This article is part of a three-part series on how federalism works in America. Other installments focus on local and state governments.

Federal laws in America apply across the country in every state and city. Congress and the president have important roles to play in making and enforcing those laws, but they are not alone.

“We do need a State Department. We do need a Department of Defense,” says Karla Jones, director of international relations and federalism at the American Legislative Exchange Council, referring to the federal entities responsible for implementing the country’s foreign and defense policies.

The U.S. relies on a system called “federalism,” in which government powers are divided among local, state and national responsibilities. It’s an important concept to understand because citizens encounter different levels of government daily, but in several ways.

What does the federal government do?

Only the federal government can regulate interstate and foreign commerce, declare war and set taxing, spending and other national policies.

These actions often start with legislation from Congress, made up of the 435-member House of Representatives and the 100-member U.S. Senate. Each of the 50 states receives two senators regardless of its population size. The number of representatives each state receives depends on the state’s population. Bills that Congress approves then go to the president to sign into law or reject with a veto.

The executive branch is responsible for enforcing the laws Congress makes. It is made up of the president and his or her advisers, as well as multiple departments and agencies. The departments are each headed by a secretary, whom the president appoints with the advice and consent of the Senate. The U.S. has more than a dozen departments, and they each take on a specific set of duties. The Treasury Department’s duties, for example, include printing and regulating money.

The president also serves as commander­-in-­chief of the United States Armed Forces. That means the president directs how military weapons will be used, where to deploy troops and where ships are sent. The military’s generals and admirals take their direction from the president.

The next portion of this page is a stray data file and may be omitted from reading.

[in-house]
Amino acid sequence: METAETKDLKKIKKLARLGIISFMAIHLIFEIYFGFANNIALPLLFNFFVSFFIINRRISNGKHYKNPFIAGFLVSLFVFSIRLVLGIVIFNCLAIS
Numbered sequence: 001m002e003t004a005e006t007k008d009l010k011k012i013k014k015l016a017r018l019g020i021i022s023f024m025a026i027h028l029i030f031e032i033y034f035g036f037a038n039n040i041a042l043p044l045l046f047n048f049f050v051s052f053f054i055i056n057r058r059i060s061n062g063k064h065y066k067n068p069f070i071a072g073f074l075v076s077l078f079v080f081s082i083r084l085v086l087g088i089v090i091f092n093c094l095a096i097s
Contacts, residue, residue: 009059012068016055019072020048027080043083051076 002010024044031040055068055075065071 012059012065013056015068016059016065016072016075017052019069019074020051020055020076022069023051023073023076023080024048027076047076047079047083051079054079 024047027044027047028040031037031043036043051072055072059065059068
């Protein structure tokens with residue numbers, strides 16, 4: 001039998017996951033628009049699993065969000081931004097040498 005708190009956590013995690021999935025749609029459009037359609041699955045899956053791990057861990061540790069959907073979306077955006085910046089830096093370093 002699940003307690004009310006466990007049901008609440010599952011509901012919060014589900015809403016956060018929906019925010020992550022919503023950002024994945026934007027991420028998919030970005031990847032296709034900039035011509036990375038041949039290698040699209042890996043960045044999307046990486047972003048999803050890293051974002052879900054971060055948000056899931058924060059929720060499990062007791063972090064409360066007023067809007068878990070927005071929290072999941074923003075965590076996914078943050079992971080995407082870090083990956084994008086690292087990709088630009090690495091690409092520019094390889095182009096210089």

This graphic summarizes the kinds of entities in each branch of government.

(State Dept./J. Maruszewski)

The Supreme Court is the highest federal court in the U.S. and assures the American people of equal justice under law. The court’s nine justices — one chief judge and eight associate judges — interpret the law, in a fair and impartial manner, when disagreements arise on the legality of a law that Congress approves, a regulation that a federal agency implements or other matters.

The Constitution empowers the president, who is elected by the entire nation, to nominate justices. These justices require Senate confirmation to uphold the checks and balances among the branches of government.

“The Founders separated power because they knew it was the best way to protect our citizens and keep our Constitution secure,” President Trump said at the April swearing-in of Justice Neil Gorsuch, whom the president nominated to the Supreme Court.

Landmark decisions from the Supreme Court shape American life, and their ramifications are still felt today. They include the 1954 Brown v. Board of Education case, which outlawed racial segregation in public schools.

The three branches of the federal government get together at the U.S. Capitol when the president delivers the State of the Union address to a joint session of Congress. That speech represents an opportunity for the president to lay out an agenda for the coming year. These addresses are traditionally held in January or February after the new session of Congress convenes. President Trump’s first State of the Union address is scheduled for January 30, 2018.